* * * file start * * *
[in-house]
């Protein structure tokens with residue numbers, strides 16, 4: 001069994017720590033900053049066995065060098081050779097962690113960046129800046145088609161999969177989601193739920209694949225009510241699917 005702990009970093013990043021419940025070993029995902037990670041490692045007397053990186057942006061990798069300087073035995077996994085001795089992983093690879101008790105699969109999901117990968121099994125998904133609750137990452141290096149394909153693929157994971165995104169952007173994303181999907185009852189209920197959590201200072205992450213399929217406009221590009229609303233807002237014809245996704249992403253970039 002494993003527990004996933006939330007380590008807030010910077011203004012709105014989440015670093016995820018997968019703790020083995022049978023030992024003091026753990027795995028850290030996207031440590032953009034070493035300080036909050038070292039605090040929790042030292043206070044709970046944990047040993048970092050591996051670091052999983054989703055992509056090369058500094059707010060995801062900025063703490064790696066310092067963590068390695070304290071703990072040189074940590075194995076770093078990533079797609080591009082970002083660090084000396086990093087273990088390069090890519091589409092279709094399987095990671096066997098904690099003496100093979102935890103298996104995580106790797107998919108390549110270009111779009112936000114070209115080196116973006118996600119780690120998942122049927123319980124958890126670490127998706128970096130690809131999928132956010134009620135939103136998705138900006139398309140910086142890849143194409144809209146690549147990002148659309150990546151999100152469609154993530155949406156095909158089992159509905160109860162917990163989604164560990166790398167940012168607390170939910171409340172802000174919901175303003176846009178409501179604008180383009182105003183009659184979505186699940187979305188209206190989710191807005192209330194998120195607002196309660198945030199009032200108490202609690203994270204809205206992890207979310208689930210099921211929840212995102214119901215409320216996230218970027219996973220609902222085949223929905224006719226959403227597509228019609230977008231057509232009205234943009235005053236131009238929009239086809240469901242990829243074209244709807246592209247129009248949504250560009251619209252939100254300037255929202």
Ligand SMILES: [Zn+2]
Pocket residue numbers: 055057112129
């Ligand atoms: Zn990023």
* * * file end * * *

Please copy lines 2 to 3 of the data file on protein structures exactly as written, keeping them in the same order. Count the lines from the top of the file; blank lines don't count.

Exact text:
């Protein structure tokens with residue numbers, strides 16, 4: 001069994017720590033900053049066995065060098081050779097962690113960046129800046145088609161999969177989601193739920209694949225009510241699917 005702990009970093013990043021419940025070993029995902037990670041490692045007397053990186057942006061990798069300087073035995077996994085001795089992983093690879101008790105699969109999901117990968121099994125998904133609750137990452141290096149394909153693929157994971165995104169952007173994303181999907185009852189209920197959590201200072205992450213399929217406009221590009229609303233807002237014809245996704249992403253970039 002494993003527990004996933006939330007380590008807030010910077011203004012709105014989440015670093016995820018997968019703790020083995022049978023030992024003091026753990027795995028850290030996207031440590032953009034070493035300080036909050038070292039605090040929790042030292043206070044709970046944990047040993048970092050591996051670091052999983054989703055992509056090369058500094059707010060995801062900025063703490064790696066310092067963590068390695070304290071703990072040189074940590075194995076770093078990533079797609080591009082970002083660090084000396086990093087273990088390069090890519091589409092279709094399987095990671096066997098904690099003496100093979102935890103298996104995580106790797107998919108390549110270009111779009112936000114070209115080196116973006118996600119780690120998942122049927123319980124958890126670490127998706128970096130690809131999928132956010134009620135939103136998705138900006139398309140910086142890849143194409144809209146690549147990002148659309150990546151999100152469609154993530155949406156095909158089992159509905160109860162917990163989604164560990166790398167940012168607390170939910171409340172802000174919901175303003176846009178409501179604008180383009182105003183009659184979505186699940187979305188209206190989710191807005192209330194998120195607002196309660198945030199009032200108490202609690203994270204809205206992890207979310208689930210099921211929840212995102214119901215409320216996230218970027219996973220609902222085949223929905224006719226959403227597509228019609230977008231057509232009205234943009235005053236131009238929009239086809240469901242990829243074209244709807246592209247129009248949504250560009251619209252939100254300037255929202």
Ligand SMILES: [Zn+2]